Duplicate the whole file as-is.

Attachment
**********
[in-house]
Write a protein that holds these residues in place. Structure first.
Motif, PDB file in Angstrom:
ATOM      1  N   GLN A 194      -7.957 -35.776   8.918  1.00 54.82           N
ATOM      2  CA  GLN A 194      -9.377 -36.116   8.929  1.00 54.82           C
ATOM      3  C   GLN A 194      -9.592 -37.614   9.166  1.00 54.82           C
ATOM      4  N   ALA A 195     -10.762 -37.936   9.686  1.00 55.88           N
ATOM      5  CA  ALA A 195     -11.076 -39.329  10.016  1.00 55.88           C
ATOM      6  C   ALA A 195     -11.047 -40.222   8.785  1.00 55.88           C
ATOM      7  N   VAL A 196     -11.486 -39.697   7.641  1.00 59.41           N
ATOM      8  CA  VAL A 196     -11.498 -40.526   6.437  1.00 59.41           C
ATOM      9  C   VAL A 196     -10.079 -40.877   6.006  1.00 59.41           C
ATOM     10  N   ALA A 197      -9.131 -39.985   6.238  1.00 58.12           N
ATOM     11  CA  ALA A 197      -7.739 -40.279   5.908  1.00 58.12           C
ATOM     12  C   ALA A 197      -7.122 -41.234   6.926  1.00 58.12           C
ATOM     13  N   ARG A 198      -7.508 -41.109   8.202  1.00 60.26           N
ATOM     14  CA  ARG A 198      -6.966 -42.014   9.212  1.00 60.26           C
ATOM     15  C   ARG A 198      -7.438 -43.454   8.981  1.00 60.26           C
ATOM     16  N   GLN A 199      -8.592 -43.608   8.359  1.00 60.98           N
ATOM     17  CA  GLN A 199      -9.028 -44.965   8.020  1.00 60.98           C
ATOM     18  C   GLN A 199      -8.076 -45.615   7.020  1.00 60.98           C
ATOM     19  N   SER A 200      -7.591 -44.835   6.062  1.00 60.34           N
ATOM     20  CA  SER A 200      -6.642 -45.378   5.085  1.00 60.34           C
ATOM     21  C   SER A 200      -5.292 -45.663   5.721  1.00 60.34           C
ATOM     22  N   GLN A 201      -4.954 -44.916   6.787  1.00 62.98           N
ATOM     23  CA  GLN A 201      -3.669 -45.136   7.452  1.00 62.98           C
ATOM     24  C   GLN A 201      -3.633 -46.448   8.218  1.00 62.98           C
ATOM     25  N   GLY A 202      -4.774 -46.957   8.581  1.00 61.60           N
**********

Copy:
[in-house]
Write a protein that holds these residues in place. Structure first.
Motif, PDB file in Angstrom:
ATOM      1  N   GLN A 194      -7.957 -35.776   8.918  1.00 54.82           N
ATOM      2  CA  GLN A 194      -9.377 -36.116   8.929  1.00 54.82           C
ATOM      3  C   GLN A 194      -9.592 -37.614   9.166  1.00 54.82           C
ATOM      4  N   ALA A 195     -10.762 -37.936   9.686  1.00 55.88           N
ATOM      5  CA  ALA A 195     -11.076 -39.329  10.016  1.00 55.88           C
ATOM      6  C   ALA A 195     -11.047 -40.222   8.785  1.00 55.88           C
ATOM      7  N   VAL A 196     -11.486 -39.697   7.641  1.00 59.41           N
ATOM      8  CA  VAL A 196     -11.498 -40.526   6.437  1.00 59.41           C
ATOM      9  C   VAL A 196     -10.079 -40.877   6.006  1.00 59.41           C
ATOM     10  N   ALA A 197      -9.131 -39.985   6.238  1.00 58.12           N
ATOM     11  CA  ALA A 197      -7.739 -40.279   5.908  1.00 58.12           C
ATOM     12  C   ALA A 197      -7.122 -41.234   6.926  1.00 58.12           C
ATOM     13  N   ARG A 198      -7.508 -41.109   8.202  1.00 60.26           N
ATOM     14  CA  ARG A 198      -6.966 -42.014   9.212  1.00 60.26           C
ATOM     15  C   ARG A 198      -7.438 -43.454   8.981  1.00 60.26           C
ATOM     16  N   GLN A 199      -8.592 -43.608   8.359  1.00 60.98           N
ATOM     17  CA  GLN A 199      -9.028 -44.965   8.020  1.00 60.98           C
ATOM     18  C   GLN A 199      -8.076 -45.615   7.020  1.00 60.98           C
ATOM     19  N   SER A 200      -7.591 -44.835   6.062  1.00 60.34           N
ATOM     20  CA  SER A 200      -6.642 -45.378   5.085  1.00 60.34           C
ATOM     21  C   SER A 200      -5.292 -45.663   5.721  1.00 60.34           C
ATOM     22  N   GLN A 201      -4.954 -44.916   6.787  1.00 62.98           N
ATOM     23  CA  GLN A 201      -3.669 -45.136   7.452  1.00 62.98           C
ATOM     24  C   GLN A 201      -3.633 -46.448   8.218  1.00 62.98           C
ATOM     25  N   GLY A 202      -4.774 -46.957   8.581  1.00 61.60           N